The Story of the Wind

How lovely to have some light shown on pianist/composer Emahoy Tsegué-Maryam Guèbrou by Kate Molleson in the Guardian: There’s both an essay and a radio documentary with Emahoy Tsegué-Maryam Guèbrou speaking in English.

Ethiopian music is a vast subject that I know comparatively little about. However, there does seem to be an agreement (from those that know much more than me) that Emahoy Tsegué-Maryam Guèbrou is absolutely unique.

My own experience must be fairly common. One day several years ago I was at Pete Rende’s house. Pete put on the 21st volume of Francis Falceto’s Éthiopiques series, my eyes widened in shock, and I ordered my own copy that night. (It turned out later that many Brooklyn jazz cats are hip to Emahoy Tsegué-Maryam Guèbrou, but she was new to me.)

As far as I know, that CD is the only digital issue of Emahoy Tsegué-Maryam Guèbrou’s music. It’s a must-own for those interested in the possibilities of the piano.

The first track, “The Homeless Wanderer,” is quite involved with something akin to a one-chord blues.

However, this seven-minute lead-in also might give the wrong impression about Emahoy Tsegué-Maryam Guèbrou’s music in general, for most of her compositions are comparatively complex harmonically.  (I accept the Guardian‘s headline, “The Honky-Tonk Nun,” only if it gets more clicks on Molleson’s work.)

“The Mad Man’s Laughter” is noticeably chromatic.

The reference that I hear is European piano music. Not exactly the biggest names like Liszt and Chopin, but rather turn-of-the-century drawing-room composers like Moszkowski and Chaminade. These two maintain a place in the repertoire today mostly with a handful of encores, but all of their music has high finish and a perfect understanding of the instrument. Both were also wonderful pianists. Sadly there are no recordings of Moszkowski, but Chaminade has to be heard to be believed.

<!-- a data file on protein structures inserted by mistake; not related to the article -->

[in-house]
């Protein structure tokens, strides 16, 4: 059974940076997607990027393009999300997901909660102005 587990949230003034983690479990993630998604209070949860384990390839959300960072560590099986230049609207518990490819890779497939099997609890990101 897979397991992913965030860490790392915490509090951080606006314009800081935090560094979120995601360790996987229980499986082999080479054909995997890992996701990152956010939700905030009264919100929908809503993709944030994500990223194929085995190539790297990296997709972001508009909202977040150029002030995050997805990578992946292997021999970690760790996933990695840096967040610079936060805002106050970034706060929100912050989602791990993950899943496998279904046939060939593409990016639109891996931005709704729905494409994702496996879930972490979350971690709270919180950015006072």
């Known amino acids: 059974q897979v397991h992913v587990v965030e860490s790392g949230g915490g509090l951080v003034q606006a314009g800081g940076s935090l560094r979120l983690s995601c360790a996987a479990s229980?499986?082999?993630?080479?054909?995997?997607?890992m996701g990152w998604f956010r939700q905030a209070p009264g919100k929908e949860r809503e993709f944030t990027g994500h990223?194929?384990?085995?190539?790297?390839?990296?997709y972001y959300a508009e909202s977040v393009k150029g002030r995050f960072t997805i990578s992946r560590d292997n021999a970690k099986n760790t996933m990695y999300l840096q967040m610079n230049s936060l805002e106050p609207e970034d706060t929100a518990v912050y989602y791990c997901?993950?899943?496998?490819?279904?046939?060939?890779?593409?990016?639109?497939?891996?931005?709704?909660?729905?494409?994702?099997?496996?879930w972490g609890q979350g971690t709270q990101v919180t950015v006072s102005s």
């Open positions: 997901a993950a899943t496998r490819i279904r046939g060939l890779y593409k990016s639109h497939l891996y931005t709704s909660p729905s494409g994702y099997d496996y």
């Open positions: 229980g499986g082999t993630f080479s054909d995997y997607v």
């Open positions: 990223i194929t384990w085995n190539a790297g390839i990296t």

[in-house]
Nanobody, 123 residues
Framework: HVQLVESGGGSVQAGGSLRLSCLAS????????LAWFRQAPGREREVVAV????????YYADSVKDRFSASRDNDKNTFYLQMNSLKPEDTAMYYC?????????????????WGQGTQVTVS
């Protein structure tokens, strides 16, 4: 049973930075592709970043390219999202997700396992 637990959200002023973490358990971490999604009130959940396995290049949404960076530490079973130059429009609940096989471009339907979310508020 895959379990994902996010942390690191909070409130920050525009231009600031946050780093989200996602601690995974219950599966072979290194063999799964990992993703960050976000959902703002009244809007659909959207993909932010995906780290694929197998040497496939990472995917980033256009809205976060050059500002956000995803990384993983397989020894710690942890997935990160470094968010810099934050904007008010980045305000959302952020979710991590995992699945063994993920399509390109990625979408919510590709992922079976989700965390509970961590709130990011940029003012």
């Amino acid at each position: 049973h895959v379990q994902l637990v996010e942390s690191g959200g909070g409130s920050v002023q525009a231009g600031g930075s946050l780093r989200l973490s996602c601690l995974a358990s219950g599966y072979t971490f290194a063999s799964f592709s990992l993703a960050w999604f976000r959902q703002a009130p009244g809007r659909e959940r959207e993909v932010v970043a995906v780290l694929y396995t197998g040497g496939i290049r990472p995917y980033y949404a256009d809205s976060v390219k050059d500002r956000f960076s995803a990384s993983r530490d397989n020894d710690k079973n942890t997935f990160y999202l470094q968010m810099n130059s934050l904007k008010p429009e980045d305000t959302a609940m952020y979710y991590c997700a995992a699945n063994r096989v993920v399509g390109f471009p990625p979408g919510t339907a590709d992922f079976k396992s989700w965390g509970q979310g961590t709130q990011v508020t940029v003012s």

One flaw with comparing Emahoy Tsegué-Maryam Guèbrou to Moszkowski and Chaminade is that Emahoy Tsegué-Maryam Guèbrou is a deeply spiritual artist. Her music has never been played for profit: Indeed, she has perpetually given all proceeds to the poorest of the poor.

Also, the rhythms and melodic phrasing from Emahoy Tsegué-Maryam Guèbrou are not European, for example the “free” (but actually precise) melodies over a habanera bass in “Homesickness.”

However, I stand by my comparison to Moszkowski and Chaminade because there is something so antique about the way Emahoy Tsegué-Maryam Guèbrou handles the piano. Even though the recordings on the CD are from 1963-1972, they somehow sound like a historical piano track from the 1920s .

Recently I heard Yolanda Mero’s 1926 disc of a once-popular encore by Vogrich.

I’m convinced that Emahoy Tsegué-Maryam Guèbrou is in this same family. The piano seems to just play itself, with immense technical skill allied with a reservoir of pre-20th century charm.

Even some of Emahoy Tsegué-Maryam Guèbrou’s titles are like those one could find in a old anthology of intermediate-level European piano music tucked away in your grandmother’s piano bench. Tekla Bądarzewska-Baranowska’s “The Maiden’s Prayer” was a huge hit in about 1890: Emahoy Tsegué-Maryam Guèbrou’s (much more soulful) work is “A Young Girl’s Complaint.”

My casual speculations are perhaps veering into nonsense. Anyway, thanks again to Molleson for the recent Guardian pieces. It’s wonderful that Emahoy Tsegué-Maryam Guèbrou is still here (now in her mid-’90s) and still modeling a selfless, profound, and personal way to live. And that music!